Saturday, October 27, 2007
Former Governor George Ryan (Illinois) lost his request for a rehearing en banc (here) in the Seventh Circuit Court of Appeals. But there was a strong three person dissent to the decision. The dissent by Judges Posner, Kanne and Williams includes the following language: "But harmlessness is not the test of reversible error when a cascade of errors turns a trial into a travesty." Whether this dissent will sway the U.S. Supreme Court to accept the case on a Petition for Certiorari, remains to be seen.
Ray Reyes of the Tampa Tribune reports here on the defense filing a new motion in the Spellissy case. (see here for background on this case). According to the paper there is an allegation that the "government tampered with a defense witness by preventing that person from testifying on Spellissy's behalf." If true, this is a serious allegation. And if the tampering is unlawful, it could raise concerns about the evidence presented in the case and might also raise ethical issues. But as the defense should not be judged until all the evidence has been presented, so too should the prosecution first be allowed to respond to this serious allegation before it is determined whether there is merit to this claim. Some questions that need answering here are - when did the defense become aware of the conduct claimed here; was there an opportunity for the defense to be able to secure court assistance to compel the witness to testify; was the omission of this evidence harmful to the defendant's case?
BP plc settled three government investigations by agreeing to pay a total of $373 million in fines, restitution, and civil penalties. The company pleaded guilty to a violation of the Clean Air Act, a subsidiary pleaded guilty to a violation of the Clean Water Act, and another subsidiary agreed to a deferred prosecution agreement on a charge of conspiracy to violate the Commodity Exchange Act (CEA). According to a Department of Justice press release (here), the payments include:
$50 million in criminal fines to be paid as part of an agreement to plead guilty in the Southern District of Texas to a one-count felony violation of the Clean Air Act. The agreement resulted from the prosecution of BP by the Department of Justice for a catastrophic explosion that occurred at the BP Texas City refinery on March 23, 2005, that killed 15 contract employees and injured more than 170 others;
$12 million in criminal fines, $4 million in payments to the National Fish and Wildlife Foundation, and $4 million in criminal restitution to the state of Alaska, as part of an agreement to plead guilty by British Petroleum Exploration (Alaska), Inc. (BPXA) to a violation of the Clean Water Act to resolve criminal liability relating to pipeline leaks of crude oil onto the tundra as well as a frozen lake in Alaska;
A criminal penalty of $100 million, a payment of $25 million to the U.S. Postal Inspection Consumer Fraud Fund, and restitution of approximately $53 million, plus a civil penalty of $125 million to the Commodity Futures Trading Commission, as part of an agreement to defer the prosecution of a one-count criminal information filed in the Northern District of Illinois charging BP America Inc. with conspiring to violate the Commodity Exchange Act and to commit mail fraud and wire fraud.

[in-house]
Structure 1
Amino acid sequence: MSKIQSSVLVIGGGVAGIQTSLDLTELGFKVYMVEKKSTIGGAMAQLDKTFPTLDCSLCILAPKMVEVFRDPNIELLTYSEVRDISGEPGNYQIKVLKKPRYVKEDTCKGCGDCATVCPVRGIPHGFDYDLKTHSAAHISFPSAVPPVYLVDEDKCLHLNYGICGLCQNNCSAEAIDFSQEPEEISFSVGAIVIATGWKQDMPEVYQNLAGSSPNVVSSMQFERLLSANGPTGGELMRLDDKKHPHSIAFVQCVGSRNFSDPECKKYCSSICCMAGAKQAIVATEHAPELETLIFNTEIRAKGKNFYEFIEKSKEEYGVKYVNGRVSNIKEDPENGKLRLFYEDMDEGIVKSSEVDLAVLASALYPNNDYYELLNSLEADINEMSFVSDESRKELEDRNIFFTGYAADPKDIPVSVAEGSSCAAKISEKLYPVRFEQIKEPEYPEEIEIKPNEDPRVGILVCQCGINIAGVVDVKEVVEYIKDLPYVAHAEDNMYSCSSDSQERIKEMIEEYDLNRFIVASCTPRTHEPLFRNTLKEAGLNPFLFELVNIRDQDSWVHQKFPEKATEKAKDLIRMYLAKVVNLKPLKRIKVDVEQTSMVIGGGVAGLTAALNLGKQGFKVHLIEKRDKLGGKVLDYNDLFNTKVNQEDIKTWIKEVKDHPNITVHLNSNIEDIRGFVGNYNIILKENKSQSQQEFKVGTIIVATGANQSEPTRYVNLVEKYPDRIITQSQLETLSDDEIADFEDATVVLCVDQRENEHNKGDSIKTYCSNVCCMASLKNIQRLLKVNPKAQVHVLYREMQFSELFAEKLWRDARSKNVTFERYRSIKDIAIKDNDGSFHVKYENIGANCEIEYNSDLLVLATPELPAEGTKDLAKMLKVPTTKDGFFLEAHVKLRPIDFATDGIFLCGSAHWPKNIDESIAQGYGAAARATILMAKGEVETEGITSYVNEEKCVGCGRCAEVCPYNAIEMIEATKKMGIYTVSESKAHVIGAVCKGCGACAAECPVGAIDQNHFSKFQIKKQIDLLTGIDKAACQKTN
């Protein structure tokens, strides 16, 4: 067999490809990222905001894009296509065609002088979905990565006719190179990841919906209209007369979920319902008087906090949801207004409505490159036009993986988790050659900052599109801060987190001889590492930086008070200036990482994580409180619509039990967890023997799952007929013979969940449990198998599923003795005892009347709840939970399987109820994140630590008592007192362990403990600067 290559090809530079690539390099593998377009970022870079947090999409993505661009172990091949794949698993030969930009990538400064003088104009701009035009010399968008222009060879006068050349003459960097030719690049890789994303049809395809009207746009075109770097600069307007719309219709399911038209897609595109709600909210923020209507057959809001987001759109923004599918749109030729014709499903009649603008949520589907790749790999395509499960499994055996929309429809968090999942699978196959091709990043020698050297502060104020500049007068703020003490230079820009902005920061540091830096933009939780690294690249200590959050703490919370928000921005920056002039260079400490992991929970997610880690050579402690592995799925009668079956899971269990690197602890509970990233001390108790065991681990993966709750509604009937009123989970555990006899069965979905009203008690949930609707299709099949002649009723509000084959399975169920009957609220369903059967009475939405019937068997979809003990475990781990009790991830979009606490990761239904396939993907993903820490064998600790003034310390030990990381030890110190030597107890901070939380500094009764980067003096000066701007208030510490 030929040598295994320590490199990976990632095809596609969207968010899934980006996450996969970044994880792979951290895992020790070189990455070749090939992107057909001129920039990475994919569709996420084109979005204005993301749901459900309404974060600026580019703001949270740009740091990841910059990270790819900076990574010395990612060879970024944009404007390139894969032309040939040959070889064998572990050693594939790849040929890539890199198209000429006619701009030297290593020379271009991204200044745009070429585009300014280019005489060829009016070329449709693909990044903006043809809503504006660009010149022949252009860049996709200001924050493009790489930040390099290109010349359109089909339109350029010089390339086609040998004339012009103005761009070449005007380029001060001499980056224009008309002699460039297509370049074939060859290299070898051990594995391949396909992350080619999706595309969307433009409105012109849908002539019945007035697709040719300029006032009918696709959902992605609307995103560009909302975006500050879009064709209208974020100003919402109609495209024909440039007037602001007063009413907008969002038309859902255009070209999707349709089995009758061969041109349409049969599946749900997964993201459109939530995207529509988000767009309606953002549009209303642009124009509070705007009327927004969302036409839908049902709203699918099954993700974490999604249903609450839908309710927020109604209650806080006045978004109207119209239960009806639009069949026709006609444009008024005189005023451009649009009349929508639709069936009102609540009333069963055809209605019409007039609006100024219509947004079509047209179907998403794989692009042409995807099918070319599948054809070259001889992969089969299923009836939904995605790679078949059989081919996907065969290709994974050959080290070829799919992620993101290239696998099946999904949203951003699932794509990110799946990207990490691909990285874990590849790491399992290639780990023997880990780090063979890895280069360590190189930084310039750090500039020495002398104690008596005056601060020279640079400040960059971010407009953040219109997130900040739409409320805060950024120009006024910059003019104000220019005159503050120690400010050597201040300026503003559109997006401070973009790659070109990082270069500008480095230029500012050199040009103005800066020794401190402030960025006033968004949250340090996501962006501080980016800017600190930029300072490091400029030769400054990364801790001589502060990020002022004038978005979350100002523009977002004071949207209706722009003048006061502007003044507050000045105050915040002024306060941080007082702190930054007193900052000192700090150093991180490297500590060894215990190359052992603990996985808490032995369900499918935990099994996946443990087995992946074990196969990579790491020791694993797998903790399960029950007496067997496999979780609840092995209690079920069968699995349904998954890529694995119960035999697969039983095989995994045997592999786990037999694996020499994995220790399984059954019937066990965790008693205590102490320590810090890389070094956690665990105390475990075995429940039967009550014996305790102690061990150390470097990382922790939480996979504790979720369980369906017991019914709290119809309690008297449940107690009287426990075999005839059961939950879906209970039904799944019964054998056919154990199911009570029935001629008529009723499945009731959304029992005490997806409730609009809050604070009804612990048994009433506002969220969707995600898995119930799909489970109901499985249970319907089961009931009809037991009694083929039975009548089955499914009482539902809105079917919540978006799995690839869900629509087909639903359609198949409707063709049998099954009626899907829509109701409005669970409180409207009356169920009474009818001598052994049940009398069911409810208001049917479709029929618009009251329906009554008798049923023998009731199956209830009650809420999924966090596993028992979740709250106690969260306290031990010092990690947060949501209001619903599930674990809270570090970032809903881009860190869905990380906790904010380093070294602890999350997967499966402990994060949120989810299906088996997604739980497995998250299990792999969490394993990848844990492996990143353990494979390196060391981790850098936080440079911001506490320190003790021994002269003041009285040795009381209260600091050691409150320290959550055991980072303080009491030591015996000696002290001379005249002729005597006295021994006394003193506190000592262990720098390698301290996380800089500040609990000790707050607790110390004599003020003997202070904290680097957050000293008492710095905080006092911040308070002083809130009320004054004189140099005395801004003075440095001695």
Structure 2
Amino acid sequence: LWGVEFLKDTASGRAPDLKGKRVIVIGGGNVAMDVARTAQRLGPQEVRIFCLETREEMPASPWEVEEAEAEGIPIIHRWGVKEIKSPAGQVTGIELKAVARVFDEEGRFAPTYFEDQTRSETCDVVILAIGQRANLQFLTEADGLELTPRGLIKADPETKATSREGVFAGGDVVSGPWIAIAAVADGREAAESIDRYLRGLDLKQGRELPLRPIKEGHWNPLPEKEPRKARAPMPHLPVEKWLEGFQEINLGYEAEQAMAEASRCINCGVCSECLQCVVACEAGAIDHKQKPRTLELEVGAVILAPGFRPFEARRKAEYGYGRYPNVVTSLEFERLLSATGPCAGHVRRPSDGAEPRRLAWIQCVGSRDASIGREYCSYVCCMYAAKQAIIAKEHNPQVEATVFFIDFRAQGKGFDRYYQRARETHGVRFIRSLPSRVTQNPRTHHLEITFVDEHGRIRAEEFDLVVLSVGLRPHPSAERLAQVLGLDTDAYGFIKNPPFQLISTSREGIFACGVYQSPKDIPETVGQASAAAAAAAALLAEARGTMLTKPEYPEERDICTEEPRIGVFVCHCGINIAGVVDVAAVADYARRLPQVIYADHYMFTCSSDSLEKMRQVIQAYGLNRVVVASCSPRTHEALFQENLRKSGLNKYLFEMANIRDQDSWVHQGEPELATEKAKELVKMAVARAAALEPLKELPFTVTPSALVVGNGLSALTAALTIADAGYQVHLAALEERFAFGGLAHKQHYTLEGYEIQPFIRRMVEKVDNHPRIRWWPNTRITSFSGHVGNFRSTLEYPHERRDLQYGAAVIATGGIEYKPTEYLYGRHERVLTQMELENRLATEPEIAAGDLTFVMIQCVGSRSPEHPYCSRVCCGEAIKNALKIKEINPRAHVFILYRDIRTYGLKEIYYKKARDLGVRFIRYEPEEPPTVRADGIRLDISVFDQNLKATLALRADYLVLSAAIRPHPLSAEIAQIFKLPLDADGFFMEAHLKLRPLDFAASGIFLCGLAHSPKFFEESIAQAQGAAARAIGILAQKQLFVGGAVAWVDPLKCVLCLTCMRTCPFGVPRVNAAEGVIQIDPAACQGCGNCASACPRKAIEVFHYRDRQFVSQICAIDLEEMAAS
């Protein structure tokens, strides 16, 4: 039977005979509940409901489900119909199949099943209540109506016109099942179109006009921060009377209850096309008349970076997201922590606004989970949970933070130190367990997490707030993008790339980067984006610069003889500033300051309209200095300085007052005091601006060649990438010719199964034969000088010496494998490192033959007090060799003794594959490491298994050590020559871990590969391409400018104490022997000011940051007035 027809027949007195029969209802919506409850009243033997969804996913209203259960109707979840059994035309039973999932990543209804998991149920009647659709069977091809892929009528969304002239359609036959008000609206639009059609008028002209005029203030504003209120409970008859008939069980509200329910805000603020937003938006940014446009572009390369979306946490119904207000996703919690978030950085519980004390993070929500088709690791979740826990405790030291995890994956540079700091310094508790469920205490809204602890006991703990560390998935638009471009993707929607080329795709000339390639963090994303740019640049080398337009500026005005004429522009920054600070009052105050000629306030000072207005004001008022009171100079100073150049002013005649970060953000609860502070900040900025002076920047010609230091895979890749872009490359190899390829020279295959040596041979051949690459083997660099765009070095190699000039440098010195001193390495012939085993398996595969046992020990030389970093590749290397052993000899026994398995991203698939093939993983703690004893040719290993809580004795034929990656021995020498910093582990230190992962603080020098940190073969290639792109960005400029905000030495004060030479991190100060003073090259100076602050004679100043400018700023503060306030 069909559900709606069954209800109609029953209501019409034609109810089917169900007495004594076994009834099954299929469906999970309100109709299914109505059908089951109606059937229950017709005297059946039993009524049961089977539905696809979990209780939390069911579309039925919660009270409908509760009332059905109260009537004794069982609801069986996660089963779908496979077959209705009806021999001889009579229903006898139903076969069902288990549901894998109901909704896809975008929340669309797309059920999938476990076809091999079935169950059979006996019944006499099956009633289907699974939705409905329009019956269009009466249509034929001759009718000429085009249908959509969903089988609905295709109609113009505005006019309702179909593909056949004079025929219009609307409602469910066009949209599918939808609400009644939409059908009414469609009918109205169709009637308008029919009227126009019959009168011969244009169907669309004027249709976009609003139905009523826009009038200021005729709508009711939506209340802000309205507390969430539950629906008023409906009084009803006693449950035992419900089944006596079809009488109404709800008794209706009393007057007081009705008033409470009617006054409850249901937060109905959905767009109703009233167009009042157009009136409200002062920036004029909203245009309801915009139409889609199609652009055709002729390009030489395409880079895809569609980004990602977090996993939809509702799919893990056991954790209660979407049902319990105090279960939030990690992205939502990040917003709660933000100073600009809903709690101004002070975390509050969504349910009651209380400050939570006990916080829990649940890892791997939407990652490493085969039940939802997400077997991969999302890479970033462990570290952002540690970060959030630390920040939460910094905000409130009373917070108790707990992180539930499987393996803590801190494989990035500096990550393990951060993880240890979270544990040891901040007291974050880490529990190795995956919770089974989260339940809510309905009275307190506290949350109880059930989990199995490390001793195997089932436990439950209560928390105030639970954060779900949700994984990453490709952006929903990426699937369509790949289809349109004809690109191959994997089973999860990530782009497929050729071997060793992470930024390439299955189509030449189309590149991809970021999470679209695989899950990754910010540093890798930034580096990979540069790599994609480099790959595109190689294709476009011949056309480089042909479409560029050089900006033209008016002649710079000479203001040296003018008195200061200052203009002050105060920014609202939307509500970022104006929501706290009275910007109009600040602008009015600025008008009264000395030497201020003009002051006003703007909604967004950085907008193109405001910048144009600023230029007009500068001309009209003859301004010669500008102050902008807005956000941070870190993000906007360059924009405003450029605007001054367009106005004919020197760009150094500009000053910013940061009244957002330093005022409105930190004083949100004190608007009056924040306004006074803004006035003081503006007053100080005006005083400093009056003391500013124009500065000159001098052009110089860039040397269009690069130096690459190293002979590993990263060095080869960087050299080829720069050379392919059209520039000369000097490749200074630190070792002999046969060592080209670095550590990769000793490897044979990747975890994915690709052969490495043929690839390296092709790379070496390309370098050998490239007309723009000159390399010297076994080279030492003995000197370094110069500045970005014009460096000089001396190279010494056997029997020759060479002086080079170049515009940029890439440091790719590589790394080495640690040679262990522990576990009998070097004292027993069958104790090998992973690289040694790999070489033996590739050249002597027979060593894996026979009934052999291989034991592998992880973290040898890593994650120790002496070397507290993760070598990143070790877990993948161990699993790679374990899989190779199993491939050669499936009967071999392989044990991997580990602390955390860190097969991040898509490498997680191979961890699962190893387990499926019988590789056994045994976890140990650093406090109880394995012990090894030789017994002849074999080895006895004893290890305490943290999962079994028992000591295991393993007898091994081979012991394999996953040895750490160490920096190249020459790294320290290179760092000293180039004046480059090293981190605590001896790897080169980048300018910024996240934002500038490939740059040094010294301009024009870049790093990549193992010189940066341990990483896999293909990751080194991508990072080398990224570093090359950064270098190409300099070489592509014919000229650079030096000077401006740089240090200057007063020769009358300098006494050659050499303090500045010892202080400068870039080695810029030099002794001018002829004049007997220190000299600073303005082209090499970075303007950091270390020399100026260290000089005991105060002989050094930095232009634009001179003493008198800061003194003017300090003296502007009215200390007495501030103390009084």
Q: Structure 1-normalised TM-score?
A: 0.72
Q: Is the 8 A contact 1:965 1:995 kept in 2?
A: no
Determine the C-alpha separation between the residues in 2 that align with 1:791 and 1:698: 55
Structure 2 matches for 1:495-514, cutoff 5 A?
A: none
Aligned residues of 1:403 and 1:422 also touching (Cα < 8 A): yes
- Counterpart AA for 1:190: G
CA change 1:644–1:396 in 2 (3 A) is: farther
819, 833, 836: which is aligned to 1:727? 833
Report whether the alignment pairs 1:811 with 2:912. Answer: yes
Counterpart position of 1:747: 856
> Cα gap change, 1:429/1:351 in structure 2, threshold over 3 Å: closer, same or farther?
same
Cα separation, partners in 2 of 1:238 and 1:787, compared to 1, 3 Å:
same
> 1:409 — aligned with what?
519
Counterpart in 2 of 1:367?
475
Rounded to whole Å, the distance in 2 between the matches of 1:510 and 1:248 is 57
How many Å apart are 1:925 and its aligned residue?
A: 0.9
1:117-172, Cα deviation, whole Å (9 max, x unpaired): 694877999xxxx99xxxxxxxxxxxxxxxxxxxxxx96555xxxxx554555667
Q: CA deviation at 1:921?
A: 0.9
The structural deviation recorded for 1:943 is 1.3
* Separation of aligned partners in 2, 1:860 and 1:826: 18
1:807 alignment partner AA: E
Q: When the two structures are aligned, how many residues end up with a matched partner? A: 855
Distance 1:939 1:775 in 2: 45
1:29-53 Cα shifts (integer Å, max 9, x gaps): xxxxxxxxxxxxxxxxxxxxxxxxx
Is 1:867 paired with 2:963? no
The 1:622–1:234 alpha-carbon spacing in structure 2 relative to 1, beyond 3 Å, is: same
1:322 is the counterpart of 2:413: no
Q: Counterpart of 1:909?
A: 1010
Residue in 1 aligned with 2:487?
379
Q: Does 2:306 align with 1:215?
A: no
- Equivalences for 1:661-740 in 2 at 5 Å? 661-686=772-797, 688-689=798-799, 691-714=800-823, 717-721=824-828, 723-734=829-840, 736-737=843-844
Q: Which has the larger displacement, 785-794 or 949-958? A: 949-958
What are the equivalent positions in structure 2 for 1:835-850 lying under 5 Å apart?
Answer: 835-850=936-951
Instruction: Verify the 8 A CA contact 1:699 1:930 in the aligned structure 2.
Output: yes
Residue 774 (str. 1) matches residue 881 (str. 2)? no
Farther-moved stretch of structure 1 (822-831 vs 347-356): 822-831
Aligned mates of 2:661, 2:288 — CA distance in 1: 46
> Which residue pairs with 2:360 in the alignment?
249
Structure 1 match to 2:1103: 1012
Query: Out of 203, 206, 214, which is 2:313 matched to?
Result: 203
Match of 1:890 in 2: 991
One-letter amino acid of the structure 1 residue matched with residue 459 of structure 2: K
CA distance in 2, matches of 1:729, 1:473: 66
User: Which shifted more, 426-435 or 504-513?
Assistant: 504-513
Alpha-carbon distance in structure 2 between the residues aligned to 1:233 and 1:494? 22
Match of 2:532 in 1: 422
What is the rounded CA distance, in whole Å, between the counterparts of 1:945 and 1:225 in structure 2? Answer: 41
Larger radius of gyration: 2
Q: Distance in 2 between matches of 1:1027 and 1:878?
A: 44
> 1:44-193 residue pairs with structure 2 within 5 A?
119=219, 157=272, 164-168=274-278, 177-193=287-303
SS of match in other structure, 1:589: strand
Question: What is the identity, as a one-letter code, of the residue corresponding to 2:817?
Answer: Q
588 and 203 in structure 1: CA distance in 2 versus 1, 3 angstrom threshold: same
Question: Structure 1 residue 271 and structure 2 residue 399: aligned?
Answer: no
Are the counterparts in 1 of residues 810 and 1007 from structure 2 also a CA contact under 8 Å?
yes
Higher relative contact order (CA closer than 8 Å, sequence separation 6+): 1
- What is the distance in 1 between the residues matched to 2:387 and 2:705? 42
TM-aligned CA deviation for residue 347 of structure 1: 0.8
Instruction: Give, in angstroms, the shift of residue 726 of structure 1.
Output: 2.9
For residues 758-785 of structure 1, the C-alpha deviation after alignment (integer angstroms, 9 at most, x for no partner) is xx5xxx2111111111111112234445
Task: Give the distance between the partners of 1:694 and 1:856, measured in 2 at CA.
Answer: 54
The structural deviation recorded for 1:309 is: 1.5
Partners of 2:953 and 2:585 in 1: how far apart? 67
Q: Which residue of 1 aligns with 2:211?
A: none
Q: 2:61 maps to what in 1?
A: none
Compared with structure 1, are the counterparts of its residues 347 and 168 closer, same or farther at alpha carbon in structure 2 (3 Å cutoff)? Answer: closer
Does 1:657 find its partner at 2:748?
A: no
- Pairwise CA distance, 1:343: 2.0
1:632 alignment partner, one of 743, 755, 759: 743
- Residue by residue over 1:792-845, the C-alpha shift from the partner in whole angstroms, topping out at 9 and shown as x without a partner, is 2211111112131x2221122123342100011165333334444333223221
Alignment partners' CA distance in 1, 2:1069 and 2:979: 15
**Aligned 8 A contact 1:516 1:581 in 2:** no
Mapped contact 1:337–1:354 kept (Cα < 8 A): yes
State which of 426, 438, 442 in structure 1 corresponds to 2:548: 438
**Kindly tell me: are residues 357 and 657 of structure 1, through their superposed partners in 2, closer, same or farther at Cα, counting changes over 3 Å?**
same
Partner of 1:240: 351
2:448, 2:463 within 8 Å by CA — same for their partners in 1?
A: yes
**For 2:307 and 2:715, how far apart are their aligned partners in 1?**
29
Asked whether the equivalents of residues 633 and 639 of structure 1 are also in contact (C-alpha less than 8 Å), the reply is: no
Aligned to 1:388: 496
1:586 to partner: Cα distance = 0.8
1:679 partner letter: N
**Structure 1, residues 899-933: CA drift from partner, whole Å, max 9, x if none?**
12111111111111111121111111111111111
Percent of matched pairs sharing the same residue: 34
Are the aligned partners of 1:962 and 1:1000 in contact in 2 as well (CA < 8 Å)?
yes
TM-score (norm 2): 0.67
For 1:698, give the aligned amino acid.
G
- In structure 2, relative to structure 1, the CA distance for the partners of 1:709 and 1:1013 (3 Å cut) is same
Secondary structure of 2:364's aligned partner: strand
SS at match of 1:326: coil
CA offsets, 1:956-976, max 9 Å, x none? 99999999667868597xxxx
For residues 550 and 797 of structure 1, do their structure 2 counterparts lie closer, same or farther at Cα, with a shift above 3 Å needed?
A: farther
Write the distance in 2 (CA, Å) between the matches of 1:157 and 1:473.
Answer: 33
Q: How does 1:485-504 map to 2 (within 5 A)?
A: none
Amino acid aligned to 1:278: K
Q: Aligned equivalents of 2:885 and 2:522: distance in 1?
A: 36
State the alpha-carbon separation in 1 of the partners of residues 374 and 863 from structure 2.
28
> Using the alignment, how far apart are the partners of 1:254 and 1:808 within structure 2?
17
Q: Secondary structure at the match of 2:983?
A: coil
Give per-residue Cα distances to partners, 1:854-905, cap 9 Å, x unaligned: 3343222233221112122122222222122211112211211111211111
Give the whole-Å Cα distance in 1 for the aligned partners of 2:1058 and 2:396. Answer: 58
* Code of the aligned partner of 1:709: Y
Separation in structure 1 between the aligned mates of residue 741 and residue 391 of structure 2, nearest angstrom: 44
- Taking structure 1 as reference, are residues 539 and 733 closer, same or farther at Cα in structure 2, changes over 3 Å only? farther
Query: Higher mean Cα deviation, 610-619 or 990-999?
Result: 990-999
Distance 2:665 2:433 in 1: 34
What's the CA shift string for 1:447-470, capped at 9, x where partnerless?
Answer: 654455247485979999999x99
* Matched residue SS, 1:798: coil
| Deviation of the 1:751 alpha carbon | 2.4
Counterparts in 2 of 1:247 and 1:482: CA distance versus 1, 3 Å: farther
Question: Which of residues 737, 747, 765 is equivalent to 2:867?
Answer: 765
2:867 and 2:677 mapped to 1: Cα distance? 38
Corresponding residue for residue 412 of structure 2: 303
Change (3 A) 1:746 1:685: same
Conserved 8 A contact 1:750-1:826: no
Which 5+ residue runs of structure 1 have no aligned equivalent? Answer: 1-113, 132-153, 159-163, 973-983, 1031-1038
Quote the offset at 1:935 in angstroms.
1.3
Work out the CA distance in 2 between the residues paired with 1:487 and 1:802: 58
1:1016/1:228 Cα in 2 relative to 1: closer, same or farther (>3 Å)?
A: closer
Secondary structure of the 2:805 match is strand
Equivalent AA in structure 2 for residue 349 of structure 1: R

The deferred prosecution agreement calls for the appointment of a monitor for three years to oversee the company's compliance with its terms and to ensure no future violations of the CEA. In addition to the charges against BP, four former commodities traders at its BP America subsidiary were charged in a twenty-count indictment (here) with conspiracy, violations of the CEA, and wire fraud. According to the press release, the traders conspired
to manipulate and corner the TET propane market in February 2004, in violation of the Commodity Exchange Act, and to sell TET propane at an artificially inflated index price in violation of the federal mail and wire fraud statutes. The indictment further charges the defendants with substantive violations of the Commodity Exchange Act and the wire fraud statute. According to the proposed indictment, from Feb. 5, 2004, through March 15, 2004, the defendants allegedly agreed to manipulate the market for February 2004 TET propane.
Friday, October 26, 2007
The search of WellCare Health Plan's headquarters by, among others, FBI agents (earlier post here) triggered -- as expected -- an immediate response: let's hire lawyers! A press release (on Business Wire here) states that since the search and carting away of boxes of documents, the company has:
- Been in direct contact with its Board of Directors, including members of the audit committee;
- Committed to cooperating with the federal and state authorities involved in the investigation;
- Retained the law firms of King & Spalding and Greenburg [sic] Traurig to assist the Company with responding to the investigation;
- Engaged with the Company’s auditors, Deloitte & Touche LLP;
- Been in contact with key constituents, including state and federal regulators in each of the Company’s markets.
It's not clear why two national law firms have been retained, but maybe two -- or twenty counting all the partners and associates -- heads are better than one. WellCare's stock lost over 60% of its value the day following the search, showing the devastating effect a criminal investigation can have for a company's investors. While the scope of the investigation is not yet clear, any inquiry into possible healthcare fraud carries a serious danger of criminal and civil fines and penalties, and could even include exclusion from the Medicaid program if an extensive fraudulent scheme were uncovered. (ph)